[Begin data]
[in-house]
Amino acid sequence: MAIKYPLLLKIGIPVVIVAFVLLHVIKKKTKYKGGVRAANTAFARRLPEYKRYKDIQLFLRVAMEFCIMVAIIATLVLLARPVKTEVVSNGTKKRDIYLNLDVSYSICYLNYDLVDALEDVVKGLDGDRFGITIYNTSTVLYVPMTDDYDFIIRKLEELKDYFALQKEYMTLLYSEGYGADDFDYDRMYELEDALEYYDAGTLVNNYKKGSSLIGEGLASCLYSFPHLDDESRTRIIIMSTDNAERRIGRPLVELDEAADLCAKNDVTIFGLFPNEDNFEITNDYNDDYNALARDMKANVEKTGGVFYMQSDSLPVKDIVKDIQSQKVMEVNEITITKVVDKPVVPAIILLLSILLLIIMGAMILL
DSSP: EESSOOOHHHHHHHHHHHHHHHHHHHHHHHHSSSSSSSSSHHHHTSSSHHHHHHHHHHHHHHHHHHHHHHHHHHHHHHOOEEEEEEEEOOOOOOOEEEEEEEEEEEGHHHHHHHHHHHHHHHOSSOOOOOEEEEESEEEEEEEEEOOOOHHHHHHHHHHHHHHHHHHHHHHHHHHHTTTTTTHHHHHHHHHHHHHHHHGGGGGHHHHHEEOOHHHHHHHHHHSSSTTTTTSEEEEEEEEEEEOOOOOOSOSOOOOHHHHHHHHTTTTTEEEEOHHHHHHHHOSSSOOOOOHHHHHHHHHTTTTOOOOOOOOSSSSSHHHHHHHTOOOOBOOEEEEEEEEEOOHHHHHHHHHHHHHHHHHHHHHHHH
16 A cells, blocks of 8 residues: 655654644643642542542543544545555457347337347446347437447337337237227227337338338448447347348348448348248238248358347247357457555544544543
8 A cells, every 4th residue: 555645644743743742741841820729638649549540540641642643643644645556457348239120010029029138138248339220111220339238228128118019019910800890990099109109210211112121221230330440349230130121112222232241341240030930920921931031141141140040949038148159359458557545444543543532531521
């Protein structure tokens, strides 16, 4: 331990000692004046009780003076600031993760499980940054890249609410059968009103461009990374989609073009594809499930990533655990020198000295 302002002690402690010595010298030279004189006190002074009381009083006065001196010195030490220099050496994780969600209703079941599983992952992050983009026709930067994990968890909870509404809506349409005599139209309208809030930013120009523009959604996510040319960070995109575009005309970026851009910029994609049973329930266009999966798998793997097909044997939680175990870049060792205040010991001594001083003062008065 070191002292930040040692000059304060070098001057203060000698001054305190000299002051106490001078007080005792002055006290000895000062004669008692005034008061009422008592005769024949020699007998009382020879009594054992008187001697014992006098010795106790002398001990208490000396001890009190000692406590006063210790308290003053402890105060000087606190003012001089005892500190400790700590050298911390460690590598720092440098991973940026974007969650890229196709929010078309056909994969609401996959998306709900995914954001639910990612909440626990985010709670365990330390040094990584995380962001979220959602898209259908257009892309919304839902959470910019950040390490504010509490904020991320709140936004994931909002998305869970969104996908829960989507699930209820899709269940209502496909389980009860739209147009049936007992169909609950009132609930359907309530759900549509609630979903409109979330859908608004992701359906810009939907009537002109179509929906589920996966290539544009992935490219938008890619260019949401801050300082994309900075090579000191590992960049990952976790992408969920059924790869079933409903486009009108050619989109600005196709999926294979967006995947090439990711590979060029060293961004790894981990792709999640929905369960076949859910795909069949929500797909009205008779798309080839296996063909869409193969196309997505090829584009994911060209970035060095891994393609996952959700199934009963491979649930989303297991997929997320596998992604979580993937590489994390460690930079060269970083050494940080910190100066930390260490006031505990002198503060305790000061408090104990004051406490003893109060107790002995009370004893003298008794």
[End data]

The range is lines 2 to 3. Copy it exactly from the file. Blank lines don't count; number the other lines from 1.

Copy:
Amino acid sequence: MAIKYPLLLKIGIPVVIVAFVLLHVIKKKTKYKGGVRAANTAFARRLPEYKRYKDIQLFLRVAMEFCIMVAIIATLVLLARPVKTEVVSNGTKKRDIYLNLDVSYSICYLNYDLVDALEDVVKGLDGDRFGITIYNTSTVLYVPMTDDYDFIIRKLEELKDYFALQKEYMTLLYSEGYGADDFDYDRMYELEDALEYYDAGTLVNNYKKGSSLIGEGLASCLYSFPHLDDESRTRIIIMSTDNAERRIGRPLVELDEAADLCAKNDVTIFGLFPNEDNFEITNDYNDDYNALARDMKANVEKTGGVFYMQSDSLPVKDIVKDIQSQKVMEVNEITITKVVDKPVVPAIILLLSILLLIIMGAMILL
DSSP: EESSOOOHHHHHHHHHHHHHHHHHHHHHHHHSSSSSSSSSHHHHTSSSHHHHHHHHHHHHHHHHHHHHHHHHHHHHHHOOEEEEEEEEOOOOOOOEEEEEEEEEEEGHHHHHHHHHHHHHHHOSSOOOOOEEEEESEEEEEEEEEOOOOHHHHHHHHHHHHHHHHHHHHHHHHHHHTTTTTTHHHHHHHHHHHHHHHHGGGGGHHHHHEEOOHHHHHHHHHHSSSTTTTTSEEEEEEEEEEEOOOOOOSOSOOOOHHHHHHHHTTTTTEEEEOHHHHHHHHOSSSOOOOOHHHHHHHHHTTTTOOOOOOOOSSSSSHHHHHHHTOOOOBOOEEEEEEEEEOOHHHHHHHHHHHHHHHHHHHHHHHH